Vibrations Help People Hear Better

Researchers at the Massachusetts Institute of Technology are working on a series of devices that will aid deaf people who rely on lip reading to communicate. While lip reading is used by a majority of people with hearing disabilities, it does have a significant drawback since certain consonants, such as “p” and “b,”, are almost impossible to distinguish between based on sight alone. MIT scientists overcome this problem by introducing tactile devices which translate sound waves into vibrations that can be felt on the skin.
Charlotte Reed (Credit: MIT)
Charlotte Reed (Credit: MIT)

The researchers, from MIT’s Sensory Communication Group, say such devices will not only ease lip reading and convey nuances of speech otherwise difficult to perceive, but will also present a cheaper alternative to those who cannot afford cochlear implants, the high cost of which prohibits many from undergoing the required surgical procedure, especially in developing countries. “Most deaf people will not have access to that technology in our lifetime,” said Ted Moallem, a graduate student working on the project. “Tactile devices can be several orders of magnitude cheaper than cochlear implants.”

The research is being conducted under the direction of Charlotte Reed, senior research scientist at MIT’s Research Laboratory of Electronics. Reed says her team aims to make the developed software compatible with today’s smart phones, allowing for easy and unobtrusive use of such hearing aids. “Anyone who has a smart phone already has much of what they would need to run the program, including a microphone, digital signal-processing capability, and a rudimentary vibration system,” notes Moallem.

The developed devices translate sound waves into vibrations that are distinguished by vibratory patterns associated with different sound frequencies. According to MIT, the researchers are currently testing devices with at least two vibration ranges; one for high-frequency and another for low-frequency sounds.

Current prototypes of such devices can be hand-held or worn around the back of the neck; however, the researchers say that once the acoustic processing software is finalized, the technology could be easily incorporated into existing smart phones. While their invention will not eliminate the need to lip read, they say it would make it significantly easier to follow conversations and require less intense concentration. “It’s hard to have a casual conversation in a situation where you have to be paying attention like that,” Moallem says.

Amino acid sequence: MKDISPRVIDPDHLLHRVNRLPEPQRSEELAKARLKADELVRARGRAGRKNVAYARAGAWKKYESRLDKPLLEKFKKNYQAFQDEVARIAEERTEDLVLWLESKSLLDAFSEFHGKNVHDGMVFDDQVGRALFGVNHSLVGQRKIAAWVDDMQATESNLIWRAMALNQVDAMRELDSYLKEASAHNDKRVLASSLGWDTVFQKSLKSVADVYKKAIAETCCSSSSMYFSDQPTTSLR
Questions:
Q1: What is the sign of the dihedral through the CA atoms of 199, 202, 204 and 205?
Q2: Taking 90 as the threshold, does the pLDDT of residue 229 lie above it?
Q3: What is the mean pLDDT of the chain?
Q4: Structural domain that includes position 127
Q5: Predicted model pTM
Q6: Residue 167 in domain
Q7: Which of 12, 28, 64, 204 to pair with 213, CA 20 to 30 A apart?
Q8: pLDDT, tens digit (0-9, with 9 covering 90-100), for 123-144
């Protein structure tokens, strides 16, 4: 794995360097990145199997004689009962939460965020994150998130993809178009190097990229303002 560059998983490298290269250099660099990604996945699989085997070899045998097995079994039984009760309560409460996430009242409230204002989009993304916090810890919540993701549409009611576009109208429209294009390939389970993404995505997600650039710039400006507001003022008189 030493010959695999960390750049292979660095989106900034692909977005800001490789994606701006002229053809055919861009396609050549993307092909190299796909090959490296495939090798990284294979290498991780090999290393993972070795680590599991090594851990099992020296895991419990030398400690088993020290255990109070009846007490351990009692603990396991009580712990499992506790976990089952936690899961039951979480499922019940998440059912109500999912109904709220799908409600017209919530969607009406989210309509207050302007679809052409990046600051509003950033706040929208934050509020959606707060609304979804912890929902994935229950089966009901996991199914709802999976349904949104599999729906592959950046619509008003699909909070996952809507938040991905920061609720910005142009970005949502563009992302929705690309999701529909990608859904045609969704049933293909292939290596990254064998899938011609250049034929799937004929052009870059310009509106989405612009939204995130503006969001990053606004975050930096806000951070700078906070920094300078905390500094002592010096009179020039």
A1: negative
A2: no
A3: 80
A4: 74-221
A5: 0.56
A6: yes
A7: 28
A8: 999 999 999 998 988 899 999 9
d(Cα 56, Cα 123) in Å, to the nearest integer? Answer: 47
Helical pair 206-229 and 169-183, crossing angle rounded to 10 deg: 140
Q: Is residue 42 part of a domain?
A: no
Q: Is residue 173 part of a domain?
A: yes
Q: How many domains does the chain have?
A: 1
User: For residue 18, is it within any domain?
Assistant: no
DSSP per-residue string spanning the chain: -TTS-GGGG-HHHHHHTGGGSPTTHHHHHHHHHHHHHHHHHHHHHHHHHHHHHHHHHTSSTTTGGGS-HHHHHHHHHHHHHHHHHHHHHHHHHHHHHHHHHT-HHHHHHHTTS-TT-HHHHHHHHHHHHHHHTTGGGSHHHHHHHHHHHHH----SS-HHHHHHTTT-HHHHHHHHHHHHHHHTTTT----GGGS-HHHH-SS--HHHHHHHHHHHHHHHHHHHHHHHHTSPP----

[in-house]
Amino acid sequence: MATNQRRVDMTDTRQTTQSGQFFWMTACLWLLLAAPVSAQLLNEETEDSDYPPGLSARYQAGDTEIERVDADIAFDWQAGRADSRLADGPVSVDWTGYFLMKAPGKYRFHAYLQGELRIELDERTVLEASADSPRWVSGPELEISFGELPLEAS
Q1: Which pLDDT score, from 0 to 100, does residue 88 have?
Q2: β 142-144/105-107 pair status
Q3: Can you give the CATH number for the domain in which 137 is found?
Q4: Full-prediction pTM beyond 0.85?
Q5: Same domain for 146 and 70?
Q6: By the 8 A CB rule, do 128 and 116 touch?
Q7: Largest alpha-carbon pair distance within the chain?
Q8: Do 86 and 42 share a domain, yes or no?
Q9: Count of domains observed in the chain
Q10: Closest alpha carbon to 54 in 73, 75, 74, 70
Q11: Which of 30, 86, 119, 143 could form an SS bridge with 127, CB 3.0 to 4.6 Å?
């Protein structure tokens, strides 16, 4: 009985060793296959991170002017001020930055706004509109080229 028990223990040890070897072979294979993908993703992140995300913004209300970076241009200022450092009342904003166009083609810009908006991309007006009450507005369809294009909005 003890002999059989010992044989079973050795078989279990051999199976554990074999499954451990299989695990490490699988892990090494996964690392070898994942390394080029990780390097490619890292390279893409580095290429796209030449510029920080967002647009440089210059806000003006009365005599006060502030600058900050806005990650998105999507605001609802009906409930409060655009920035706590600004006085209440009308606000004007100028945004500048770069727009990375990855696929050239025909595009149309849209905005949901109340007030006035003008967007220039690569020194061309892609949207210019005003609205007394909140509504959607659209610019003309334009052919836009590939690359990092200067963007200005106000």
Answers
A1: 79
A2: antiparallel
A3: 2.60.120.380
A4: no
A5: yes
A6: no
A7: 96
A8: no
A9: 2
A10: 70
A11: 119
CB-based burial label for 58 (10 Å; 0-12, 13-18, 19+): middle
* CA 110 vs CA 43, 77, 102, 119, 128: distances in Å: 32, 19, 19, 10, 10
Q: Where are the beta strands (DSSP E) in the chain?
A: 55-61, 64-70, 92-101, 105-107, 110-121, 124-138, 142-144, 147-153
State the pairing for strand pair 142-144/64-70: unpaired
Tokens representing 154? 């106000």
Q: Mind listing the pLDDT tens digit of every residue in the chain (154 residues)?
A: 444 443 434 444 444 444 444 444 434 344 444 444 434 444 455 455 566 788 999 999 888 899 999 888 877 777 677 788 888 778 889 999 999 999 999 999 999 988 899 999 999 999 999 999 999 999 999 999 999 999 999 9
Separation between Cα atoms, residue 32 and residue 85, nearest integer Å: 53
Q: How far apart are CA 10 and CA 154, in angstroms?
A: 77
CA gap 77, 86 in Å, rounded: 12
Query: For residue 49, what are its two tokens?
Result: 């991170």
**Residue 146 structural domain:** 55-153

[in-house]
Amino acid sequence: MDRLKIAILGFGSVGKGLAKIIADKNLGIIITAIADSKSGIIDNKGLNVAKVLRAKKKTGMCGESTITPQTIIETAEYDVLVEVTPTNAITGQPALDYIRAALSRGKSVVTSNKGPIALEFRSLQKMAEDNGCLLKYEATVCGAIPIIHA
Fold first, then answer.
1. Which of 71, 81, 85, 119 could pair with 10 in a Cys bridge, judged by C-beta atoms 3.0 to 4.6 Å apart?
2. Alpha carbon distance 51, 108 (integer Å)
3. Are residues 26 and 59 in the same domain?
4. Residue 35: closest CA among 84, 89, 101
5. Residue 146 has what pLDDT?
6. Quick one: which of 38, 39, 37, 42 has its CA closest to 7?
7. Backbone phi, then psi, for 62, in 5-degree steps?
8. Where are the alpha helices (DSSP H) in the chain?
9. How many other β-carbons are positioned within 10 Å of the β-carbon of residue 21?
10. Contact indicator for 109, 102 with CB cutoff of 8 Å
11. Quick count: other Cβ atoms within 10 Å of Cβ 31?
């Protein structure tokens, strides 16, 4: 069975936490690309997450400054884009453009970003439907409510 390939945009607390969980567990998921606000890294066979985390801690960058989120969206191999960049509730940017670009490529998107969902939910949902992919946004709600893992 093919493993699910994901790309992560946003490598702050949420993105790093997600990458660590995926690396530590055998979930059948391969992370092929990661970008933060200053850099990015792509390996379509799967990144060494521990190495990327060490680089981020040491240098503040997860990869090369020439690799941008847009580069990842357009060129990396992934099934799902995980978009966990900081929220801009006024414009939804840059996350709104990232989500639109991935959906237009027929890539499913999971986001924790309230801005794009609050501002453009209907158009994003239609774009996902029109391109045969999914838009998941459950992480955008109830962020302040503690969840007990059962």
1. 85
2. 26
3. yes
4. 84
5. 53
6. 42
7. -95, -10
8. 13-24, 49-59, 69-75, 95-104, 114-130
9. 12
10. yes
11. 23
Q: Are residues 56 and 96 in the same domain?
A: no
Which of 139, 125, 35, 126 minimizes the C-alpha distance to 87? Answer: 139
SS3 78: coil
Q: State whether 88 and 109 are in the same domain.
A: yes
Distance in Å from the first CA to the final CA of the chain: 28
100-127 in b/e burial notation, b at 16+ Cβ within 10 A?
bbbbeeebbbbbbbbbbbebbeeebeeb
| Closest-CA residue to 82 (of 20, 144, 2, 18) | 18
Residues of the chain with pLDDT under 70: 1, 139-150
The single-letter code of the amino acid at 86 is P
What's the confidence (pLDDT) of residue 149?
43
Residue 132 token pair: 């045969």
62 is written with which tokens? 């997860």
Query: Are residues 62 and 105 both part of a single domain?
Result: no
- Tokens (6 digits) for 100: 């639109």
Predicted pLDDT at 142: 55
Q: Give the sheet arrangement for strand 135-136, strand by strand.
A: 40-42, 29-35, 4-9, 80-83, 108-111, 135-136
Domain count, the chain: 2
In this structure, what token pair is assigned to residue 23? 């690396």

Researchers in RLE, led by Charlotte Reed, are using the sense of touch to develop communication aids for the profoundly deaf. The devices convert sound waves to vibrations, which the deaf person holding the device can feel, and help lip-readers identify sounds that can be difficult to distinguish visually (Credit: MIT)
Researchers in RLE, led by Charlotte Reed,
are using the sense of touch to develop
communication aids for the profoundly
deaf. The devices convert sound
waves to vibrations, which the deaf
person holding the device can feel,
and help lip-readers identify sounds
that can be difficult to distinguish visually
(Credit: MIT)

While tactile aids have already been used for years, MIT scientists hope to improve on the existing technology by refining the acoustic signal processing systems to provide tactile cues that are “tailored to boost lip-reading performance.” Specifically, the researchers have been focusing their attention on the frequency reception ability of the skin. The human ear, for example, can perceive frequencies up to 20,000 Hz, while touch receptors in the skin are optimized for frequencies below 500 Hz. Using a special appliance that can simultaneously transmit three different vibration patterns to three fingers, Moallem has conducted a number of studies on deaf people’s ability to interpret the vibrations from tactile devices.

Reed says this research originated from a study she conducted almost 20 years ago, in which she studied the successful Tadoma communication technique. The method, which was developed to aid deaf-blind people, teaches users to hold hands to the other person’s face while talking and interpret the vibrations of the face and neck. “We were inspired by seeing what deaf-blind people could accomplish just using the sense of touch alone,” said Reed.

TFOT has previously covered a number of innovative technologies and devices designed to aid people with various disabilities, including the Siafu PC, which was specially designed for blind people, and COGAIN technology, which allows users with severe motor disabilities to play 3D computer games using only their eyes. Recently, we have also covered a novel invention that enables people with lower limb disabilities to stand, walk, and even climb stairs.

More information on the MIT tactile research can be found here.